P&O Arcadia Adults Only Cruise Ship
P&O UK has a fleet of 8 ships. Their homeport is in Southhampton, England. P&O also has an Australian division sailing out of Sydney with 5 different ships. Of P&O’s eight British ships, 3 are for adults only including the Arcadia on which we joined one leg of a world cruise. People taking the full cruise round trip from Southhampton had a voyage of about 4 months crossing the Pacific and Atlantic oceans twice each. Our leg of the cruise lasted three weeks from Valparaiso, Chile to Sydney, Australia. About half the passengers on the ship changed over in Chile, with the majority of those disembarking in Sydney. Along the way some who had boarded prior to Chile disembarked in Auckland, New Zealand and new passengers boarded there. Unlike shorter cruises where everyone embarks and disembarks at the same place, on world cruises different people are aboard for all sorts of different durations.
The ship had a display with info about the history of P&O and information about each of their 8 UK ships. On this sign it said the ship holds 2094 passengers and 866 crew. Of the crew about half work in food, whether cooking it, serving it, or making sure it all gets done. A quarter of the others take care of the cleaning end of things, both staterooms and public areas. Which leaves a quarter of the crew for all the other jobs combined.
Arcadia is a midsize ship, the largest of P&O’s ships classified as midsize and 4th largest in their fleet of 8. It is one of 3 ships they have designated for adults only along with the Oriana and Adonia. Arcadia began service in 2005. The ship is 951.1 feet long, 105.6 feet wide, and powered by 6 diesel engines. It has 11 passenger decks, most with cabins, but several with public areas only. Commissioned originally for Holland America, during the building process it was switched first to Cunard and then to P&O so the ship has same hull design as some Holland America ships and same style funnel as Cunard.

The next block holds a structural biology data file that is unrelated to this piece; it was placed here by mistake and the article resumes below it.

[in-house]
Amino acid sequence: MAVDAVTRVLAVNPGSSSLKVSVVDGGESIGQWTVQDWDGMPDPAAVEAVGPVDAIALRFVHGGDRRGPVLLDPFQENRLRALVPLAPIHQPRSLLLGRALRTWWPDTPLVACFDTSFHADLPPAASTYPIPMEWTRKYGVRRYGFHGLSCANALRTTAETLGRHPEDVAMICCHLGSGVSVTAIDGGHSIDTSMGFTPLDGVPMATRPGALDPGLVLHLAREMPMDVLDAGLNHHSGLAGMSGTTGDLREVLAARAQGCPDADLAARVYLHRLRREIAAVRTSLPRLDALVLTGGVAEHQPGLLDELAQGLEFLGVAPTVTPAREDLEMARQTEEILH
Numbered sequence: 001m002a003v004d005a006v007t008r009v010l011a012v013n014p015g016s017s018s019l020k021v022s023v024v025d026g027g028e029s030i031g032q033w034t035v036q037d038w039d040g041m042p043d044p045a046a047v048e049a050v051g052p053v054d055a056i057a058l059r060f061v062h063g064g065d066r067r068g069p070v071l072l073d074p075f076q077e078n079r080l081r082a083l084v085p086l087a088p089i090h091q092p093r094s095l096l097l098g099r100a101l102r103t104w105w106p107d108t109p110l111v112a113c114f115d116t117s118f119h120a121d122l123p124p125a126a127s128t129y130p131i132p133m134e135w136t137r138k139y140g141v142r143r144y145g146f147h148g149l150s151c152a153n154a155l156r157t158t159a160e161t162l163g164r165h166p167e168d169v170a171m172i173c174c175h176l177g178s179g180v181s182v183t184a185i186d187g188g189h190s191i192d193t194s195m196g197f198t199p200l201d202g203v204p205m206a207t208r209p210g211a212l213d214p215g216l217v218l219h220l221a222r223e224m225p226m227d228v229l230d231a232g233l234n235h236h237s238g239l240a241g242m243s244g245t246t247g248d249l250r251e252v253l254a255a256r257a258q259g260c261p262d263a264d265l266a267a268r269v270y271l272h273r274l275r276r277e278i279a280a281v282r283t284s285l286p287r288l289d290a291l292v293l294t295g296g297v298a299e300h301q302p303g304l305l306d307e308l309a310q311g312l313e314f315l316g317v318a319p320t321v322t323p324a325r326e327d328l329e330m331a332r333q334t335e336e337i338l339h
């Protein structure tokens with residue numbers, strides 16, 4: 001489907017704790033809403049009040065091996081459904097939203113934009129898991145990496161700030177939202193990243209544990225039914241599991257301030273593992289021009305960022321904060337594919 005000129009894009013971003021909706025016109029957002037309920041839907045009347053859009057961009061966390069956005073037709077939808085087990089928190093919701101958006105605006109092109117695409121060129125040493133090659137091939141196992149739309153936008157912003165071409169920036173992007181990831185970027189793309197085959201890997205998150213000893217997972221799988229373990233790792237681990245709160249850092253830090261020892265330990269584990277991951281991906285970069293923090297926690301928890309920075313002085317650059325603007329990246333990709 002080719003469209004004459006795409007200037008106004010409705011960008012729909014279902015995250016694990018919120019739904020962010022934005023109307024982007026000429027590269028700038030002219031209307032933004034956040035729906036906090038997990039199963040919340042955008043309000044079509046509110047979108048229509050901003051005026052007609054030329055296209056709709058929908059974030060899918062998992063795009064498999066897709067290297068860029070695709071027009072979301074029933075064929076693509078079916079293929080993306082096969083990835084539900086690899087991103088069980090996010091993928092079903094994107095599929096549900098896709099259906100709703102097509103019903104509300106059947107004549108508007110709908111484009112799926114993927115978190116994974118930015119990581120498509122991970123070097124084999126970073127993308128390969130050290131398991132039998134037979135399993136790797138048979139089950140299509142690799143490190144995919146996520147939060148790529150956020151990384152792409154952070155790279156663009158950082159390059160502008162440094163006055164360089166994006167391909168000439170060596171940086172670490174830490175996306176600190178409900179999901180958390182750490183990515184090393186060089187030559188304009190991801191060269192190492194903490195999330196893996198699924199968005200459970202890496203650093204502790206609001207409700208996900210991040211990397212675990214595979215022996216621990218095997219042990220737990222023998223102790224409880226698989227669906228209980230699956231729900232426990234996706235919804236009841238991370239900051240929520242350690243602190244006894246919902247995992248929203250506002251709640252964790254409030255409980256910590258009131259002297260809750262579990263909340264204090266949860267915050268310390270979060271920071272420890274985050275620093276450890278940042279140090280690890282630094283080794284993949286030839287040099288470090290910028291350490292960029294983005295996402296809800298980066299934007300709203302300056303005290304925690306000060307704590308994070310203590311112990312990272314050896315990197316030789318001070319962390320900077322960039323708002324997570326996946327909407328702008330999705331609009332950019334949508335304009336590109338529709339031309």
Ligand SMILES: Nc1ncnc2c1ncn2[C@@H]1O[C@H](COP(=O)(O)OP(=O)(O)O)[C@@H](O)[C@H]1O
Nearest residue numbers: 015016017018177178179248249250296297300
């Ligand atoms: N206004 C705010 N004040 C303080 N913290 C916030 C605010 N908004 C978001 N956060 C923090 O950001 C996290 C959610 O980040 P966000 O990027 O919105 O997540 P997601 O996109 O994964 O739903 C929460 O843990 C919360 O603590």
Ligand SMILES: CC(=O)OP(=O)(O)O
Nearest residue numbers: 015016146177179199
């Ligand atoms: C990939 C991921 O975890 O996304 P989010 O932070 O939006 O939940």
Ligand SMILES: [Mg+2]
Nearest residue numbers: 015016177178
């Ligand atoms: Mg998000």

Some things about the Arcadia remind me of Holland America’s Veendam, like the small atrium that only opens up 3 stories. The glass elevators on the outsides of the ship and the hydrotherapy pool look just like the Westerdam, which is the same ship class as the Arcadia. The cabin was also just like what we had on Westerdam. Funny that it reminds me of Veendam as well since they are not same class of ship as each other. Perhaps Veendam comes to mind because the sculpture in the hydrotherapy pool area looks something like a miniature of Veendam’s atrium sculpture.